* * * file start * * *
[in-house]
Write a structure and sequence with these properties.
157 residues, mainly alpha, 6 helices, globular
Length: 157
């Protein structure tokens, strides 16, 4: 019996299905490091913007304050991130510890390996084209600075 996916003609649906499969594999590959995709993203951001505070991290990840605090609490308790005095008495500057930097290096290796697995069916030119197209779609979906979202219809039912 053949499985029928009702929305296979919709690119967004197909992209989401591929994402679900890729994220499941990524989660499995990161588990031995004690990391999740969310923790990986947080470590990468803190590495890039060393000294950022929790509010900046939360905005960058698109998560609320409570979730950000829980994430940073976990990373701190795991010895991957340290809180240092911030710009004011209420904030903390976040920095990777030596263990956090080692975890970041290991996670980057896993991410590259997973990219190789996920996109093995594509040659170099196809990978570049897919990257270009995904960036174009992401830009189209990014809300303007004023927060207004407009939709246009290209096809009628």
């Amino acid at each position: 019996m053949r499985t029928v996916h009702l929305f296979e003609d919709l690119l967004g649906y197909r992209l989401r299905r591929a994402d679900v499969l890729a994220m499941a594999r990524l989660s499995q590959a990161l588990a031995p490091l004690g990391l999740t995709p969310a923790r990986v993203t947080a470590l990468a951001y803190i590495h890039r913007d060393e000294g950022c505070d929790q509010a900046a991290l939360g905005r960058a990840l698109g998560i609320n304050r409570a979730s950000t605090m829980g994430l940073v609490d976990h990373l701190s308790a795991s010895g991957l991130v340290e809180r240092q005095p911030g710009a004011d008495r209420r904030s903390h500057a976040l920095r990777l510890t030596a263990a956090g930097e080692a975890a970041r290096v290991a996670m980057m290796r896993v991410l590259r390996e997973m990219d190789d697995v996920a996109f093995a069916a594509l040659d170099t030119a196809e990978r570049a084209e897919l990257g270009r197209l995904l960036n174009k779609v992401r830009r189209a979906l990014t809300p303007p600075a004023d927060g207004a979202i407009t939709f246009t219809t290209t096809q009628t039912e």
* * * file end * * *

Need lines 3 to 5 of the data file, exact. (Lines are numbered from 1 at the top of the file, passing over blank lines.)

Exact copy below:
157 residues, mainly alpha, 6 helices, globular
Length: 157
């Protein structure tokens, strides 16, 4: 019996299905490091913007304050991130510890390996084209600075 996916003609649906499969594999590959995709993203951001505070991290990840605090609490308790005095008495500057930097290096290796697995069916030119197209779609979906979202219809039912 053949499985029928009702929305296979919709690119967004197909992209989401591929994402679900890729994220499941990524989660499995990161588990031995004690990391999740969310923790990986947080470590990468803190590495890039060393000294950022929790509010900046939360905005960058698109998560609320409570979730950000829980994430940073976990990373701190795991010895991957340290809180240092911030710009004011209420904030903390976040920095990777030596263990956090080692975890970041290991996670980057896993991410590259997973990219190789996920996109093995594509040659170099196809990978570049897919990257270009995904960036174009992401830009189209990014809300303007004023927060207004407009939709246009290209096809009628």